Mumbai, Feb 1 (PTI) Marine heatwaves are on the rise in the Indian Ocean, leaving an impact on the Indian monsoon rainfall, according to a study by researchers of the Pune-based Indian Institute of Tropical Meteorology (IITM).
In the study led by climate scientist Roxy Mathew Koll and published in the journal ‘JGR Oceans’, the researchers reported a significant increase in marine heatwaves, aided by rapid warming in the Indian Ocean and strong El Niños (weather event associated with unusual warming of surface waters).
The study found that marine heatwaves impact the monsoon by reducing the rainfall over the central Indian subcontinent, while enhancing it over the southern peninsula.
Marine heatwaves are periods of extremely high temperatures in the ocean.
These events cause habitat destruction due to coral bleaching, seagrass destruction and loss of kelp forests, affecting the fisheries sector adversely.
An underwater survey showed that 85 per cent of the corals in Gulf of Mannar near the Tamil Nadu coast got bleached after marine heatwaves in May 2020.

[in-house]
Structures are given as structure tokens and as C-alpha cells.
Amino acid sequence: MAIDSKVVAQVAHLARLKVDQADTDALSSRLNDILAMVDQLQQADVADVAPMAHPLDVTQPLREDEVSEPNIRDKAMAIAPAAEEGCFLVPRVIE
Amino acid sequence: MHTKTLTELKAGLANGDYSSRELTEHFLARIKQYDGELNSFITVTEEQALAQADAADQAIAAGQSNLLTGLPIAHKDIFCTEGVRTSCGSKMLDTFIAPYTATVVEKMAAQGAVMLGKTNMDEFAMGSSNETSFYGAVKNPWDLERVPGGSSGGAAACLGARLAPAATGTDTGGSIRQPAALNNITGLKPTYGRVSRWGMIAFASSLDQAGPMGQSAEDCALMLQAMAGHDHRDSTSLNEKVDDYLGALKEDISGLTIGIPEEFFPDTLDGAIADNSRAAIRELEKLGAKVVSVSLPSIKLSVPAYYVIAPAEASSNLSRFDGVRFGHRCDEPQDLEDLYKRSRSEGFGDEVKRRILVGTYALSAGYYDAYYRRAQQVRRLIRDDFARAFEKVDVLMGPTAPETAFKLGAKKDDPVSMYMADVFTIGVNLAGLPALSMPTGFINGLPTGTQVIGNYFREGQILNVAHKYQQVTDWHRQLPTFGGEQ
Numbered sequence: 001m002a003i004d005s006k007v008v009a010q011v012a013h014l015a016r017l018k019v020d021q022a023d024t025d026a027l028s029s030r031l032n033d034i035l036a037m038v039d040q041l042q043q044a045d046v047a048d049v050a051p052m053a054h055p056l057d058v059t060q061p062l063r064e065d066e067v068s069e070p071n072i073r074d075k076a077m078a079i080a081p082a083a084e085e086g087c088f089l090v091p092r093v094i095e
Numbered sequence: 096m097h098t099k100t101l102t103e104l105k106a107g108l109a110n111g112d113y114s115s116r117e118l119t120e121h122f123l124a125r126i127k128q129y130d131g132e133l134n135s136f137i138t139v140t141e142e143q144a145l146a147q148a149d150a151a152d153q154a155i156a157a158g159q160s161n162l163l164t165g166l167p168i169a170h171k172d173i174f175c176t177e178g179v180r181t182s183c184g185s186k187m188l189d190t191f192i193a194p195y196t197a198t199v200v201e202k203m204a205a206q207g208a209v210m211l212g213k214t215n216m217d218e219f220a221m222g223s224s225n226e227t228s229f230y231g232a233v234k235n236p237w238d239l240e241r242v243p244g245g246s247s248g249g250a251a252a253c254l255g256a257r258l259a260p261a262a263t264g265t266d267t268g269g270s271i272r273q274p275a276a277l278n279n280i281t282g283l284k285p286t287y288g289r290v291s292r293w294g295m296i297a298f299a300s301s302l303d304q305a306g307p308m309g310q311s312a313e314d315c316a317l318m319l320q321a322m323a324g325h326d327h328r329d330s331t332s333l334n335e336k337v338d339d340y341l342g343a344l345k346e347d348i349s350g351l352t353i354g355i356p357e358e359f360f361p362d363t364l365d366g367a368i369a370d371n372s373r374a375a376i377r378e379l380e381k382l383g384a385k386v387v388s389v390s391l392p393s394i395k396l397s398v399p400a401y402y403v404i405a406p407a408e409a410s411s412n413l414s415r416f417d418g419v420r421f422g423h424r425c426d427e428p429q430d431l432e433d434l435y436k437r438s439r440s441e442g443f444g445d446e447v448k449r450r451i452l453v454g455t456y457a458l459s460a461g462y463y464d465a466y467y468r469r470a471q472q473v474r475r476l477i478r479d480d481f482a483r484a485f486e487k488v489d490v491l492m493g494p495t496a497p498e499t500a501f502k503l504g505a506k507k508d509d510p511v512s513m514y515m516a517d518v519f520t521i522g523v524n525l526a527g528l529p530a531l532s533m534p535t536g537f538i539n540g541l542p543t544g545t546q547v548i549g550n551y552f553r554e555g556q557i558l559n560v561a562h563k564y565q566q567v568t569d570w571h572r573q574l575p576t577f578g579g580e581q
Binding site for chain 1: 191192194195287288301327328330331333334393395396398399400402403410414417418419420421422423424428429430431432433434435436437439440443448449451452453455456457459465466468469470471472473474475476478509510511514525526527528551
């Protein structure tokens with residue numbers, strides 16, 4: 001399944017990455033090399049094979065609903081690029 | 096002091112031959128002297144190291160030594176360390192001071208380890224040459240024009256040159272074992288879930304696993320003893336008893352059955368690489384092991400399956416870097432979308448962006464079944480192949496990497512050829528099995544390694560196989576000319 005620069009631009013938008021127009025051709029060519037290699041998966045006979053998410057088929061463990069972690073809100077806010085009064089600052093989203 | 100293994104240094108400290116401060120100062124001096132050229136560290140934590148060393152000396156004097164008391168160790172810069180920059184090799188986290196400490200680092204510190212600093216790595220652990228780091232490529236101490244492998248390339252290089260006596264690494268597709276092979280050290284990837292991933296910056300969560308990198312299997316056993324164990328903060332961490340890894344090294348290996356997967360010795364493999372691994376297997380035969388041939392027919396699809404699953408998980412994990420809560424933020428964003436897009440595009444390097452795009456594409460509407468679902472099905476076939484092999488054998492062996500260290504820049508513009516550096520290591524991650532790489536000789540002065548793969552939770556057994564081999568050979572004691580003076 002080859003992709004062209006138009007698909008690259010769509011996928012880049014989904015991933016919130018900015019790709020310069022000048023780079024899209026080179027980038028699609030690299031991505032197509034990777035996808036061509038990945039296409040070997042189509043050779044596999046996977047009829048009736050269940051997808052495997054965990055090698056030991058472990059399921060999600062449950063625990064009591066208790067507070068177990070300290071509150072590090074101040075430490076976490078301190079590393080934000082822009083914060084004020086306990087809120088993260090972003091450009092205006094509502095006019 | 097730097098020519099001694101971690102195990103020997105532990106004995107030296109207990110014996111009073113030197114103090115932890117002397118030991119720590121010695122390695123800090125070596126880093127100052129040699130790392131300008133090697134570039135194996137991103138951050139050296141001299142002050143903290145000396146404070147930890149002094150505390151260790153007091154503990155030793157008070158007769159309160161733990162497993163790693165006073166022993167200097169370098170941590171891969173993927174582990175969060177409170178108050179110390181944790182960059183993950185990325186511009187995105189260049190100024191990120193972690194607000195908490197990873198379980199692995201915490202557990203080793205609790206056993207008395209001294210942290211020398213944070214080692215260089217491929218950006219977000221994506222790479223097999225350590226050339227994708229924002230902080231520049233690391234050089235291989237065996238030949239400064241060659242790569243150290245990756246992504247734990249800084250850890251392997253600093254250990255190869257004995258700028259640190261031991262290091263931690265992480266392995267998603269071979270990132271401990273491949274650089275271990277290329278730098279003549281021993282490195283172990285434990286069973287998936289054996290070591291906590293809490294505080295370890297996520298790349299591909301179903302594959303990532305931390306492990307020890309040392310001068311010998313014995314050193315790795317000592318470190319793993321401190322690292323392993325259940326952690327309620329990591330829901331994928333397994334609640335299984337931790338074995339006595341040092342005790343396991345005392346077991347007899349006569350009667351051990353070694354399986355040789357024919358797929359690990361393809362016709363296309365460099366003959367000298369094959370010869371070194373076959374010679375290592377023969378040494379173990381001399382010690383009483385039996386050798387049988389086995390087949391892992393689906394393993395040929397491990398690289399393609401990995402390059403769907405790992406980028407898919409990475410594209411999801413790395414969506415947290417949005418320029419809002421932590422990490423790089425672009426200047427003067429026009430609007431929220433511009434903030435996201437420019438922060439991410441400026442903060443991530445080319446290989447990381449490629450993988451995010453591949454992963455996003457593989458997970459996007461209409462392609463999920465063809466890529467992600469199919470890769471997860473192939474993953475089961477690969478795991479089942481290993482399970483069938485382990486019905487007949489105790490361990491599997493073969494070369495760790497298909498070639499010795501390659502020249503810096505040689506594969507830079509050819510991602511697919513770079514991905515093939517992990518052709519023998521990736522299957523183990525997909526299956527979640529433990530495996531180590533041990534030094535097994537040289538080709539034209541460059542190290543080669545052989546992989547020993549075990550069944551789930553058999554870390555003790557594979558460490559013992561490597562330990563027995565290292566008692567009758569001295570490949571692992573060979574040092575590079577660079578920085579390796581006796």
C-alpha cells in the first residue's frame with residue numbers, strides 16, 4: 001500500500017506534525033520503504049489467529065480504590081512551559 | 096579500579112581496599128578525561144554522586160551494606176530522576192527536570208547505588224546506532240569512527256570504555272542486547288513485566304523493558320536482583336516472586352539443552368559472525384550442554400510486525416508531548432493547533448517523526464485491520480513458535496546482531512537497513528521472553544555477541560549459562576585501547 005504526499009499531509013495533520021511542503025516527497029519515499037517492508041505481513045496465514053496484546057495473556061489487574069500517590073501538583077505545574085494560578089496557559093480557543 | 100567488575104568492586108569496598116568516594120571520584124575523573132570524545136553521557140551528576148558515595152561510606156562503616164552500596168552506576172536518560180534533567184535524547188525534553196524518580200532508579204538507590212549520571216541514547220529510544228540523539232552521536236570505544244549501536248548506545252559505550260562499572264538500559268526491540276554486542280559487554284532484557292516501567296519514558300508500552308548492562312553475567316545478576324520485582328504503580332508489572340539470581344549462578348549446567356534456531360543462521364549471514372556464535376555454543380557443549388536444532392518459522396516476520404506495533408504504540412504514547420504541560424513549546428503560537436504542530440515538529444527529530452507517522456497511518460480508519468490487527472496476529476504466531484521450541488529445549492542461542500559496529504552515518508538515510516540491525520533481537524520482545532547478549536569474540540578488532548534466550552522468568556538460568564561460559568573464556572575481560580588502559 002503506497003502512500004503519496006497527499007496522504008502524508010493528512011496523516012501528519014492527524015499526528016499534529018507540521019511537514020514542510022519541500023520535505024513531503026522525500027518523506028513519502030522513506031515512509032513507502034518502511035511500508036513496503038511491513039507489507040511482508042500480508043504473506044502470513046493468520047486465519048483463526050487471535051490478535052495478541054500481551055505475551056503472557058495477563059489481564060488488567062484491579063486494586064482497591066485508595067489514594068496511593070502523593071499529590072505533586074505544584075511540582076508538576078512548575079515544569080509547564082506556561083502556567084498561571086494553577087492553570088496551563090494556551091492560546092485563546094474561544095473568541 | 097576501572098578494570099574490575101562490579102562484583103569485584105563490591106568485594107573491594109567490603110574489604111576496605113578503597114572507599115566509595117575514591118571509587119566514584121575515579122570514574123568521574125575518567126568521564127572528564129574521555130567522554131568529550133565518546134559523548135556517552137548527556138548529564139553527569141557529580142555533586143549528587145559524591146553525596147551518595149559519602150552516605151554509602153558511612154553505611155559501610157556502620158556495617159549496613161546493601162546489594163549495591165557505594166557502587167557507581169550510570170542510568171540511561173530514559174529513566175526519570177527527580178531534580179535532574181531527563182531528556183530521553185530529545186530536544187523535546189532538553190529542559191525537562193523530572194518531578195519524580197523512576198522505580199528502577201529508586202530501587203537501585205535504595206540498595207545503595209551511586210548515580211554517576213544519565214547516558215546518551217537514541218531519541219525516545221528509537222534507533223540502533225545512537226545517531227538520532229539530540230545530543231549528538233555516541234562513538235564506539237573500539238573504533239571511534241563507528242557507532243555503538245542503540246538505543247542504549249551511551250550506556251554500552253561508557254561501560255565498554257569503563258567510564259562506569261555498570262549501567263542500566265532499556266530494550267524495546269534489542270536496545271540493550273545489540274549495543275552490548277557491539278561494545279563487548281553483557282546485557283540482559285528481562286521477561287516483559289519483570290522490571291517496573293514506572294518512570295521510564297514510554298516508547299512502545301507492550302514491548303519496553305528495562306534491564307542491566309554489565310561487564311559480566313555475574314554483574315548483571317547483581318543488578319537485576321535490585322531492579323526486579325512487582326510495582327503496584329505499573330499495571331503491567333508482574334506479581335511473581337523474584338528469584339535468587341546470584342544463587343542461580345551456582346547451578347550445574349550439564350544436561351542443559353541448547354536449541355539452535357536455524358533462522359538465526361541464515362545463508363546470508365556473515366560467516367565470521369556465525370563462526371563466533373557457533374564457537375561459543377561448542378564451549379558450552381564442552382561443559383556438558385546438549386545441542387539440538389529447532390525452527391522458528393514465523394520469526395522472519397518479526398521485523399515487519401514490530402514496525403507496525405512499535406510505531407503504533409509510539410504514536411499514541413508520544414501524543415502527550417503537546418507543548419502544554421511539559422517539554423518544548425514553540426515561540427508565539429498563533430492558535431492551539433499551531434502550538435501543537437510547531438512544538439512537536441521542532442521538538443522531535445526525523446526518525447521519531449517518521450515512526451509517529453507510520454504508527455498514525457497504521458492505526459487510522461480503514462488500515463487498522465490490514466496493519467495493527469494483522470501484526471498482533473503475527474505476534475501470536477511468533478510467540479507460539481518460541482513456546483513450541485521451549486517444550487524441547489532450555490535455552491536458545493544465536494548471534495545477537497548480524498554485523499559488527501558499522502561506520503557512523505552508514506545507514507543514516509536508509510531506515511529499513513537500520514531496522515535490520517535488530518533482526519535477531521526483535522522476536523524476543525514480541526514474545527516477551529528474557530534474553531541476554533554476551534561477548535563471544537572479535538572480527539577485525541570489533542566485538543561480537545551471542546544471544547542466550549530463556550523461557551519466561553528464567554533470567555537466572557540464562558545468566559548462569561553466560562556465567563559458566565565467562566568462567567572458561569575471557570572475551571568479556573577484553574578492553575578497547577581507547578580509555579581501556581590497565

Though recent studies have reported their occurrence and impacts in the global oceans, they are least understood in the tropical Indian Ocean, the study said.
“These heatwaves used to be rare in the tropical Indian Ocean, but now they have become an annual affair. The western Indian Ocean region experienced the largest increase in marine heatwaves at a rate of about 1.5 events per decade, followed by the north Bay of Bengal at a rate of 0.5 events per decade.
“During 1982–2018, the western Indian Ocean had a total of 66 events while the Bay of Bengal had 94 events,” the researchers said.
Marine heatwaves in the western Indian Ocean and the Bay of Bengal are found to result in drying conditions over the central Indian subcontinent, they said.
“At the same time, there is a significant increase in the rainfall over south peninsular India in response to the heatwaves in the north Bay of Bengal. These changes are in response to the modulation of the monsoon winds by the heatwaves,” the report said.
“This is the first time that a study has demonstrated a close link between marine heatwaves and atmospheric circulation and rainfall,” the researchers said.
Climate model projections suggest further warming of the Indian Ocean in the future, which will very likely intensify the marine heatwaves and their impact on the monsoon rainfall, Koll said.
“Since the frequency, intensity, and area covered by the marine heatwaves are increasing, we need to enhance our ocean observational arrays to monitor these events accurately, and update our weather models to skilfully predict the challenges presented by a warming world,” he said.
IITM is an autonomous institute of the Union Ministry of Earth Sciences. PTI PR RSY RSY
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Source: The Print